David: I think you’re on to something here. I think you have a very unique insight into a specific demographic and their user patterns that is truly underserved today. I think the story needs to be cleaned up a little bit.
David: I think you're hedging your bets a little bit. Right. I think you need to go all in on brand, at least to start, with one specific story.
David: When I think about consumer products, I’m typically looking for one of two behaviors; either one, a high enough purchase where you will be significantly profitable on first purchase. Think mattresses.
David: Right. Or something more like a subscription box like razors where you can point to a six to 12 times a year. And I think here, we can have arguments about travel. Maybe it’s twice a year, maybe it’s four times a year. But even that $180 number, I don’t know if that’s exciting enough over a 12-month period of time.
David: So I’d love to track this and start to understand how do you either do really, really well with keeping CAC low, or what can you do to maybe increase frequency and LTV with different products.
David: Um. But for today, I’m going to pass.
Sheel: Thank you so much.
Orion: I appreciate your guys’ time. I appreciate it. Thank you. Give me my box back!
Orion leaves the room with no more cash then she came in with. The investors agreed, that she hadn’t figured out how to turn this very real problem into a very big business.
Sheel: I think it’s just, the travel makes it tough.
Jenny: The targeting on that.
David: I still don't fully understand the travel. And I think, right, if she were to come out here and say, Listen, like, there's also this really good travel company that doesn't fit my demographic, here's how well they're doing. Clear white space. Like, okay, I can put two and two together. But this was a couple iterations out.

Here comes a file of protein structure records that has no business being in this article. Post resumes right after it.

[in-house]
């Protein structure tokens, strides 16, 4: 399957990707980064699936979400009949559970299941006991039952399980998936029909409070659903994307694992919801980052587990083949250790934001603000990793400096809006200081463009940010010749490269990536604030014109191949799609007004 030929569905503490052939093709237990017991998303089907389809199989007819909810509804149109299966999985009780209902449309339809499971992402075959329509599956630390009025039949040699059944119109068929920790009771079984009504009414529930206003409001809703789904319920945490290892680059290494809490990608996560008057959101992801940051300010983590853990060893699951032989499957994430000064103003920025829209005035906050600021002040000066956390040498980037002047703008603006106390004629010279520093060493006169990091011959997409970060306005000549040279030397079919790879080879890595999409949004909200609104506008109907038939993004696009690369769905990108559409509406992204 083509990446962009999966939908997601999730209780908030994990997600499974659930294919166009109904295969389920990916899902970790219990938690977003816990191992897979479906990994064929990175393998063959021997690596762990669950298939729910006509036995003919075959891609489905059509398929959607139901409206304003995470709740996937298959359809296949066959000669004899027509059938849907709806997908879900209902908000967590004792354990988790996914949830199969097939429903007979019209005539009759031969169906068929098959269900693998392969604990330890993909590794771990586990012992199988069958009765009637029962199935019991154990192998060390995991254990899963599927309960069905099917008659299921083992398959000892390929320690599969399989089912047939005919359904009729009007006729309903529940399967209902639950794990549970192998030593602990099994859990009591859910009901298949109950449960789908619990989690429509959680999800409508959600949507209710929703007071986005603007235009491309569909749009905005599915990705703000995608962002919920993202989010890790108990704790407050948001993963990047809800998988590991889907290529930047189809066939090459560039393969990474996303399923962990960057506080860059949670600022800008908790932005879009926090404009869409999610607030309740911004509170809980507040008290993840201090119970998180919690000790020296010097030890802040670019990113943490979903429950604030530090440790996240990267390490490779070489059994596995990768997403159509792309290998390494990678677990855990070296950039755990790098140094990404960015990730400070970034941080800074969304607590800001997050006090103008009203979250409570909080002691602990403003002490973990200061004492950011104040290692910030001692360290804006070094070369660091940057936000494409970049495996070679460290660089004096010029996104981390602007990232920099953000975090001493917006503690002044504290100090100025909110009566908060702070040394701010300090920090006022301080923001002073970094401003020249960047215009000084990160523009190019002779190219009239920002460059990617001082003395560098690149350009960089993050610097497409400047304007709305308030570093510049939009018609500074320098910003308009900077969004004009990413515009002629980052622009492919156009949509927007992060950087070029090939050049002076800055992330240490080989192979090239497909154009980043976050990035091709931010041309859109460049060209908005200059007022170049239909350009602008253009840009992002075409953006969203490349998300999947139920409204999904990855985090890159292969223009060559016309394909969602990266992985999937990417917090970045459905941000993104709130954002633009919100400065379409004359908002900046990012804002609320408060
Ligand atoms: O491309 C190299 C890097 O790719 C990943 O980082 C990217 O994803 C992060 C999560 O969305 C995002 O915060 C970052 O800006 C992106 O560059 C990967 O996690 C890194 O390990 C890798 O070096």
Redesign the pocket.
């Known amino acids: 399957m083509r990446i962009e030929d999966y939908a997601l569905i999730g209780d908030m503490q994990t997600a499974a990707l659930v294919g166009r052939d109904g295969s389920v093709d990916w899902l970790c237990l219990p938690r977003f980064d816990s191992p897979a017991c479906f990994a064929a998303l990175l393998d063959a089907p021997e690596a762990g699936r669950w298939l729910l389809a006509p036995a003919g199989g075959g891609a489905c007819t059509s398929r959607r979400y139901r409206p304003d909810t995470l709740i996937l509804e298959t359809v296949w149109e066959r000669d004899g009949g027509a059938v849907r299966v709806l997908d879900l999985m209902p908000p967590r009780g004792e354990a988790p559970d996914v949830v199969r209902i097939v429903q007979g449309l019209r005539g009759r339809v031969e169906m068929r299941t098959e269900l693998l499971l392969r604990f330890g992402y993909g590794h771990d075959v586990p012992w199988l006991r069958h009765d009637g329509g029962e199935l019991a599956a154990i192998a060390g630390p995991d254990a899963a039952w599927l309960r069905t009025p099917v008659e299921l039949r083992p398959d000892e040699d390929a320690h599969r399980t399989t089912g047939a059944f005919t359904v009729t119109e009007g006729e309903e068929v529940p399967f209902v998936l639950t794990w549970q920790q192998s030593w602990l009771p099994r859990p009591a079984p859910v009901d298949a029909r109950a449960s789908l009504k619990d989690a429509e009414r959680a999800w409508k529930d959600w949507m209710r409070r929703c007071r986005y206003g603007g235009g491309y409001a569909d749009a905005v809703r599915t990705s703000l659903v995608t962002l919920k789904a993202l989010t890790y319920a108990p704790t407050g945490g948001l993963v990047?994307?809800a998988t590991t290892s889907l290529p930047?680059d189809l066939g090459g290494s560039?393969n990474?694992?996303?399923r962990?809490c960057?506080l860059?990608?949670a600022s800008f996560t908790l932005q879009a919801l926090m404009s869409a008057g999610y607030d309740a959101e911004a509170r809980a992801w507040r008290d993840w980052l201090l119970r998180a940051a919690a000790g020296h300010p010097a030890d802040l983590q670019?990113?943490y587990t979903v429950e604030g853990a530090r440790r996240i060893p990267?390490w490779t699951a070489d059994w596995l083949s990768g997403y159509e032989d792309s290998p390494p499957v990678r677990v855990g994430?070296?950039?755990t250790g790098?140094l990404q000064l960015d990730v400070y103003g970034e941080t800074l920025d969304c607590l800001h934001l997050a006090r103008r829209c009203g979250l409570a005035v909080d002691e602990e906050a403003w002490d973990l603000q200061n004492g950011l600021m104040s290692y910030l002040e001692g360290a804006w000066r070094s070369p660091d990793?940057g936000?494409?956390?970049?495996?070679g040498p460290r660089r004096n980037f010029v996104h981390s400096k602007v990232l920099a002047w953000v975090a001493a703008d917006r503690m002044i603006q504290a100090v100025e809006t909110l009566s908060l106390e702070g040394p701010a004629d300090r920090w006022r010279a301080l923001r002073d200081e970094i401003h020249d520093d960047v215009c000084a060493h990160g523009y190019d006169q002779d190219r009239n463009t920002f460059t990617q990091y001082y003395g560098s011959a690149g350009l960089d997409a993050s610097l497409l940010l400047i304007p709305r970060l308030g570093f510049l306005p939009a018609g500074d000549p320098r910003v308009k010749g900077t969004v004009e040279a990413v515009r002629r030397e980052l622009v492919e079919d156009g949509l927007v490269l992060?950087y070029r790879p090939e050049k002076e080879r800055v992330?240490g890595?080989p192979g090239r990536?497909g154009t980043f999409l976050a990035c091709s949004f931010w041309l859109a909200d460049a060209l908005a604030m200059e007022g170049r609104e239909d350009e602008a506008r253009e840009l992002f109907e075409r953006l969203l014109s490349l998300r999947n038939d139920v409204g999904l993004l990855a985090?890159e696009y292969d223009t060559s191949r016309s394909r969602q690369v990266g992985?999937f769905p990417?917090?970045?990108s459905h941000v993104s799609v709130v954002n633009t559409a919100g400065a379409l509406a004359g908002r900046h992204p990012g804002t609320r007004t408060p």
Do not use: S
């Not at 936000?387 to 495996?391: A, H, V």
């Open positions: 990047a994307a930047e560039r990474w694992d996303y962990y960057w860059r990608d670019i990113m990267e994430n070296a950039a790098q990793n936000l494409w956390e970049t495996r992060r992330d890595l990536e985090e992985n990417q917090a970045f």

Sheel: I think you need to have.
Jenny: Forget the travel. Just build the, just have those bars. Like, that’s awesome.
Elizabeth: I get why she’s doing it.
Sheel: What is there, is there a leading black shampoo company?
Elizabeth: It’s so competitive. There are a lot of black shampoos.
Sheel: What’s the leading one?
Jenny: Yeah there are a few.
Elizabeth: That’s why she’s doing this, to try to weave that niche, right. Like and that makes it hard on the marketing side to target like travelers.
Sheel: I feel like you want to use the same brand that you’re using anyway. I don’t see people like switching just for travel.
Elizabeth: But if they don’t have a choice right now, then they would.
Sheel: Yeah, sure.
Elizabeth: And I could buy that.
Sheel: But then like...
Jenny: But I would just have them create a brand where they're switching, but this is their on-the-go.
David: Right. There's something there.
Jenny: You can use it when you go to the gym. You can use it when you go to the, you know, on your weekends.
David: For the active woman. There's something much bigger.
Jenny: So it could be travel, but it’s just like on-the-go. And it’s a bar. And it comes in a really cool case. Just a case that doesn't leak with that thing, amazing.
After the break, we’ll find out if Orion is ready to make the changes that will make the venture capitalists happy.